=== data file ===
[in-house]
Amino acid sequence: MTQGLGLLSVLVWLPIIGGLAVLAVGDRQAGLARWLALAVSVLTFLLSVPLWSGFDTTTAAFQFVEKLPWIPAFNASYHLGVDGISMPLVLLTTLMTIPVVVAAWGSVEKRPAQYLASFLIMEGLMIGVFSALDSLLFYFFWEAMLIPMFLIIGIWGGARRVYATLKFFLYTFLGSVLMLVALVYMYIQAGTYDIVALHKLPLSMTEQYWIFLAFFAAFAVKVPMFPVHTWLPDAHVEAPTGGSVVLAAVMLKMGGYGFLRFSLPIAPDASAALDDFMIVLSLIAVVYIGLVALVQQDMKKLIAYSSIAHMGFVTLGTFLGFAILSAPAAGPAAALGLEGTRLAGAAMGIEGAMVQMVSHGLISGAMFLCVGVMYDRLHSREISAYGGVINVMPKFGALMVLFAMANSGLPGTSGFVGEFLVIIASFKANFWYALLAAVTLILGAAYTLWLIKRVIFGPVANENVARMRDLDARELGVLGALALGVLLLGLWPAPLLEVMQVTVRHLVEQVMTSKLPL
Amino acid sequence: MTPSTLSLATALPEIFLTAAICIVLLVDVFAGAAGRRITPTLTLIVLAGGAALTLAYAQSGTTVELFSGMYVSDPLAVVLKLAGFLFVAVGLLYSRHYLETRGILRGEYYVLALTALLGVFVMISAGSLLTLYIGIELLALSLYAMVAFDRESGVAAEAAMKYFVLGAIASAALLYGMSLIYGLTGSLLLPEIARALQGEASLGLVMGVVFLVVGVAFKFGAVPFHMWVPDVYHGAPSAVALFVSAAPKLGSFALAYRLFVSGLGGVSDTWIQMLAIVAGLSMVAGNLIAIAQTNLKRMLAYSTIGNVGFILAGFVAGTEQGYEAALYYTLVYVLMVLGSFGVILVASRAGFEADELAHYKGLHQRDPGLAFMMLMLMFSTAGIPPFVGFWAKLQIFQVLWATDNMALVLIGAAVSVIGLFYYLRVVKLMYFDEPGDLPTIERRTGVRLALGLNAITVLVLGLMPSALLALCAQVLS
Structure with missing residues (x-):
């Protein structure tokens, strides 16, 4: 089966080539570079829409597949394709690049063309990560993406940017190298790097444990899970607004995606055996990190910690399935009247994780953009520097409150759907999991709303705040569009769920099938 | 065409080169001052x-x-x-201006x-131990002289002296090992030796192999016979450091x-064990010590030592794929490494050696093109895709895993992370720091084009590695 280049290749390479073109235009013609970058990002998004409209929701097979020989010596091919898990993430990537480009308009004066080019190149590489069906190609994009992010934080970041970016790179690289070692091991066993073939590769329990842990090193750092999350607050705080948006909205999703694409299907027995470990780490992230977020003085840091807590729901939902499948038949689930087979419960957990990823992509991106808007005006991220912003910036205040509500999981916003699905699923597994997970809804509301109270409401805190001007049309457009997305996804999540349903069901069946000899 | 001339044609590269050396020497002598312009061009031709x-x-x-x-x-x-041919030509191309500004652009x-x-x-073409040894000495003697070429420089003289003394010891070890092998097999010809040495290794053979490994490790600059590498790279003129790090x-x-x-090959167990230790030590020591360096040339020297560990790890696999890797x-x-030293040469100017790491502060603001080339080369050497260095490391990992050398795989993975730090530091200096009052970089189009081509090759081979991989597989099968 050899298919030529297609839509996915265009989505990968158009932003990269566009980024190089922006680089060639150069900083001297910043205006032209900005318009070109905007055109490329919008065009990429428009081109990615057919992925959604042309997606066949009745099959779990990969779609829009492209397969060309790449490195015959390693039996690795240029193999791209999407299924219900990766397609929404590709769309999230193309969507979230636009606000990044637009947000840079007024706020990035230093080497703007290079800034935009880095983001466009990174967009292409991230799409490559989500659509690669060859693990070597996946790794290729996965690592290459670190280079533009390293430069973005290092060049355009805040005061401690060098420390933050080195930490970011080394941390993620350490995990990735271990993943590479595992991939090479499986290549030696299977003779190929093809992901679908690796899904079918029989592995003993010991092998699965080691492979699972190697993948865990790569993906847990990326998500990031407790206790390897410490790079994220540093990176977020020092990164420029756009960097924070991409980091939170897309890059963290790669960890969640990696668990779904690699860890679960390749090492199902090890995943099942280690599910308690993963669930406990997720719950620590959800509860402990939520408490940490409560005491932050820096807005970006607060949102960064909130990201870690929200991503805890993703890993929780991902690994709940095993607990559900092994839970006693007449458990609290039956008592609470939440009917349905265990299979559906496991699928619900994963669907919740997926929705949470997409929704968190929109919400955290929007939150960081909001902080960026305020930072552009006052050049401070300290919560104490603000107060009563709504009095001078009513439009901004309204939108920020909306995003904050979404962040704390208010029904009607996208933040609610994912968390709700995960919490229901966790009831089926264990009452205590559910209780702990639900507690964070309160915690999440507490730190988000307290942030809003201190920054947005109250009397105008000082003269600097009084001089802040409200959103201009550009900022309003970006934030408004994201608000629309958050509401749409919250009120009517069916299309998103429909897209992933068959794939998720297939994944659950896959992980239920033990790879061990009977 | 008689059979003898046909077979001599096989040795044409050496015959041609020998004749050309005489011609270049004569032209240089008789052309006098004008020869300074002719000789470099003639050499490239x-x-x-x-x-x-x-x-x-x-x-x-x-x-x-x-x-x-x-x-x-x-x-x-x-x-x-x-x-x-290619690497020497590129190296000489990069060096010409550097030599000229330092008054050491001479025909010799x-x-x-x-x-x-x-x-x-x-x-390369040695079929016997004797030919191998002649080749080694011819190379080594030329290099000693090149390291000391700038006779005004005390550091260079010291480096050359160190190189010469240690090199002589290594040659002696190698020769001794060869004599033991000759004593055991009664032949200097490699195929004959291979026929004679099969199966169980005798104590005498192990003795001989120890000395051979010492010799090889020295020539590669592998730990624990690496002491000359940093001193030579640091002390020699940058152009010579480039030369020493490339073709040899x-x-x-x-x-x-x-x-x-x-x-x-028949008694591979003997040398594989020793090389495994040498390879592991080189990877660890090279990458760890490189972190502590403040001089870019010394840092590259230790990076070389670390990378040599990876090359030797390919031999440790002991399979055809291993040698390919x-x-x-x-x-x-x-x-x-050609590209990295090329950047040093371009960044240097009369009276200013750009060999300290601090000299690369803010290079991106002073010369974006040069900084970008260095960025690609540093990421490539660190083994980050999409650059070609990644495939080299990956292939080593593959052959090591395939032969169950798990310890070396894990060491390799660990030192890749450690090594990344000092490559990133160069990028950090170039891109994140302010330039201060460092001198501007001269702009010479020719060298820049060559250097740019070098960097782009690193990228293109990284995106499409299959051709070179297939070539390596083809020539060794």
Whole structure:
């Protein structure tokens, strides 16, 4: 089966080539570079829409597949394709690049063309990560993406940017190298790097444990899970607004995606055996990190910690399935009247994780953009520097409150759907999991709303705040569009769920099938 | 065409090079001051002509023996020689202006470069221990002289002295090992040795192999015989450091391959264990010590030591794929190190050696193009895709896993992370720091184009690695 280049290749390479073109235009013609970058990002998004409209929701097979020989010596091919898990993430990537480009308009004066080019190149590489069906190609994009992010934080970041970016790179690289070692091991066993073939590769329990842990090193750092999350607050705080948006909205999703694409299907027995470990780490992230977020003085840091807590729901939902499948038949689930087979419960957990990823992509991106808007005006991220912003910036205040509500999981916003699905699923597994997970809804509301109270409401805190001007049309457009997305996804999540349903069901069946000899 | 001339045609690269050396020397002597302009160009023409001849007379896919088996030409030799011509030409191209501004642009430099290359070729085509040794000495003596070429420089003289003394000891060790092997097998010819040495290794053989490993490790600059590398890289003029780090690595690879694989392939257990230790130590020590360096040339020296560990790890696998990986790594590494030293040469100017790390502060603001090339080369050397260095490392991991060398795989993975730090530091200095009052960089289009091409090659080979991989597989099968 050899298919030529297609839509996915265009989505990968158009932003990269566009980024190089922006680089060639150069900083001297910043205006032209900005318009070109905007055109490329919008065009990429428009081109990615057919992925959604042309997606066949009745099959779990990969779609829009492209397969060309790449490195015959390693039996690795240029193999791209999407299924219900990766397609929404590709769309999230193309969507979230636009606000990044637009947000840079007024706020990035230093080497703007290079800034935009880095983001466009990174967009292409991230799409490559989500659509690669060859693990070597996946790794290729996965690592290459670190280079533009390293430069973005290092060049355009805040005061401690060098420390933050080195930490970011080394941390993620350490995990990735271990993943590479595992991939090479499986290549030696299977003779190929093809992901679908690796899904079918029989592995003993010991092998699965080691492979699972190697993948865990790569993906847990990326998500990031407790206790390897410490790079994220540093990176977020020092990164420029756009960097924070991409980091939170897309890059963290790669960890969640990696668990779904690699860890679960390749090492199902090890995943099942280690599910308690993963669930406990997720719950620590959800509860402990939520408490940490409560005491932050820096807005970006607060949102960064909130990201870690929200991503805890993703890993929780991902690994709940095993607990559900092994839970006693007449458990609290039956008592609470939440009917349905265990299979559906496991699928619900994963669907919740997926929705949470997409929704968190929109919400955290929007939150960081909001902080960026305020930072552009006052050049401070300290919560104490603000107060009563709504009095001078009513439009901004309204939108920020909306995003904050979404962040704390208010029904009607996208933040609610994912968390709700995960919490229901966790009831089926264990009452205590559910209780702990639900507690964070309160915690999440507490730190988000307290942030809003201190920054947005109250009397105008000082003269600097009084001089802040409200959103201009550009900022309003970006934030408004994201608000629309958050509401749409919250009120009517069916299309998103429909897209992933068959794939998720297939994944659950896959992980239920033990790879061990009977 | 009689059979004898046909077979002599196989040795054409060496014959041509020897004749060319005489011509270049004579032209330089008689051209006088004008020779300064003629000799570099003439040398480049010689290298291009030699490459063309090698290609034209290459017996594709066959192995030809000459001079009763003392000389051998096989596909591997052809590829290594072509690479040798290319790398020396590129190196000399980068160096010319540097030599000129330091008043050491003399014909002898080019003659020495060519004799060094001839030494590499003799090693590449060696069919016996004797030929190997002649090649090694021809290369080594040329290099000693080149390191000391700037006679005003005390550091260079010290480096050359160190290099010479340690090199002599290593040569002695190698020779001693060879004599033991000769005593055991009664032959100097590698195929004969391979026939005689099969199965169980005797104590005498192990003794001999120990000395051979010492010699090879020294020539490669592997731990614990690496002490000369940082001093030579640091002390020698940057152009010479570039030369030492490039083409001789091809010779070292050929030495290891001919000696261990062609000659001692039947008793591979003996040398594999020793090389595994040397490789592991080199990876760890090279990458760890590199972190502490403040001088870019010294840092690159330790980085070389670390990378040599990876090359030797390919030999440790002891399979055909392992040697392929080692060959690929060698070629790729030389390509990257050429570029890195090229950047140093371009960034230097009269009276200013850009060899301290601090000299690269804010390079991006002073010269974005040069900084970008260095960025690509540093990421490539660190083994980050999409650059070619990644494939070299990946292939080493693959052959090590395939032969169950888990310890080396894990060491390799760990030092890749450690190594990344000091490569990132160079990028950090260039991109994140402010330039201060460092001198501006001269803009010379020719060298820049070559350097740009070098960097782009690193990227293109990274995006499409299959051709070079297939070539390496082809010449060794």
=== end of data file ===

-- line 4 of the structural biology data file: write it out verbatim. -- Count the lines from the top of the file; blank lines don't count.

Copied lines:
Structure with missing residues (x-):